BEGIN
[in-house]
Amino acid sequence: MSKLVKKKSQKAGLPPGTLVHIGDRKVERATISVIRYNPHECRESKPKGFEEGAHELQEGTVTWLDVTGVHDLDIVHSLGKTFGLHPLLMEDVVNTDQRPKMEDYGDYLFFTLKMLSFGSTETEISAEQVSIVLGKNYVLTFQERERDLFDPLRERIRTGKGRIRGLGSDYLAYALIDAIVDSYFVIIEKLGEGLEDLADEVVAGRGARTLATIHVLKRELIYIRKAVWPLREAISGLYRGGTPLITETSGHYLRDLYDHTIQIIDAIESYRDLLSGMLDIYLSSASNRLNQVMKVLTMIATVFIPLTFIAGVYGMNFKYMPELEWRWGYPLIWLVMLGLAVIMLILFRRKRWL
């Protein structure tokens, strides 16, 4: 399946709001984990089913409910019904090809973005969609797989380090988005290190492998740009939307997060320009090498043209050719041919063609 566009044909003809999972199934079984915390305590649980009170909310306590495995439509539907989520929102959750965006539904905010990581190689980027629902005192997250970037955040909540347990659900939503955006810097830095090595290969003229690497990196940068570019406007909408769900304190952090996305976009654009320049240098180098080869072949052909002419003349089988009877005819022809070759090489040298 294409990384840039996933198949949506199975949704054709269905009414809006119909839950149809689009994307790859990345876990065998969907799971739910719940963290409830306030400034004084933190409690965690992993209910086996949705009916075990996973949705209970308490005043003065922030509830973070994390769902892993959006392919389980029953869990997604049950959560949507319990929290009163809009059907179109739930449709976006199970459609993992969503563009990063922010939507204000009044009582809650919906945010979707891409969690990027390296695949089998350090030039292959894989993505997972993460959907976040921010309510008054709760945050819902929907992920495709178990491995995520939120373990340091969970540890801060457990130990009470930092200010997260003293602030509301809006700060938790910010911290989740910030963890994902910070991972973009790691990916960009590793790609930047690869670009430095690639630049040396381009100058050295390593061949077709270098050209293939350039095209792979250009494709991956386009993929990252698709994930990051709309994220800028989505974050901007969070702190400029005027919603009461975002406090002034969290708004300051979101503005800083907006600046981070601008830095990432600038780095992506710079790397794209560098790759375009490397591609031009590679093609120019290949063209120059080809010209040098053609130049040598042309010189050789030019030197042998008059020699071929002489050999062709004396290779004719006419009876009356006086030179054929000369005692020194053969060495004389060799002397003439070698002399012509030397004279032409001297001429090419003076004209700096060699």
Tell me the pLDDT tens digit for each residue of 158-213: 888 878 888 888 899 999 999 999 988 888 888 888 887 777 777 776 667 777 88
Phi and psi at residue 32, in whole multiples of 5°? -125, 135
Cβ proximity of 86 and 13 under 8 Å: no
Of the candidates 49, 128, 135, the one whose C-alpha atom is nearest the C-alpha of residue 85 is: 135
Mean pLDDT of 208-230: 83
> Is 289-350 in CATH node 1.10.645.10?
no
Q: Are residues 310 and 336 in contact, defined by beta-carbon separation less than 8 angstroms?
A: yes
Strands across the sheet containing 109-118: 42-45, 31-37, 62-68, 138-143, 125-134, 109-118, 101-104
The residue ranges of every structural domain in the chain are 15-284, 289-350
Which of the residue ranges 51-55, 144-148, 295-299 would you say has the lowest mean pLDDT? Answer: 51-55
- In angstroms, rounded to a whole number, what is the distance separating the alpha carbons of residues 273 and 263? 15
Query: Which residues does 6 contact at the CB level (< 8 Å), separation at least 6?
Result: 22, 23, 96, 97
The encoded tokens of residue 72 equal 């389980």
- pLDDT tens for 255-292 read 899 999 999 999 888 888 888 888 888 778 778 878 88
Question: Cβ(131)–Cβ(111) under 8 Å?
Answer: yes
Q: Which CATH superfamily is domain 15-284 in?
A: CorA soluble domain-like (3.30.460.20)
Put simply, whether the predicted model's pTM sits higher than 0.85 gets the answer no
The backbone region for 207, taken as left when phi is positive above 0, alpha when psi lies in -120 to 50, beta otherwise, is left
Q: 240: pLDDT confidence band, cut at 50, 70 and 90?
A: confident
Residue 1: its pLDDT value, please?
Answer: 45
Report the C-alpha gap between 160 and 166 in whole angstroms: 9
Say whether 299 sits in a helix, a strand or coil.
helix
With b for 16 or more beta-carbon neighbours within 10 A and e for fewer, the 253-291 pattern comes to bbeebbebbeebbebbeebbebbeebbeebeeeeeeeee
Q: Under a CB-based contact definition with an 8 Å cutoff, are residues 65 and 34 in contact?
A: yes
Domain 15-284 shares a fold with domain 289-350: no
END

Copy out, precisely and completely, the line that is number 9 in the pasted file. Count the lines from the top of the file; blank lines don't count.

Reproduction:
> Is 289-350 in CATH node 1.10.645.10?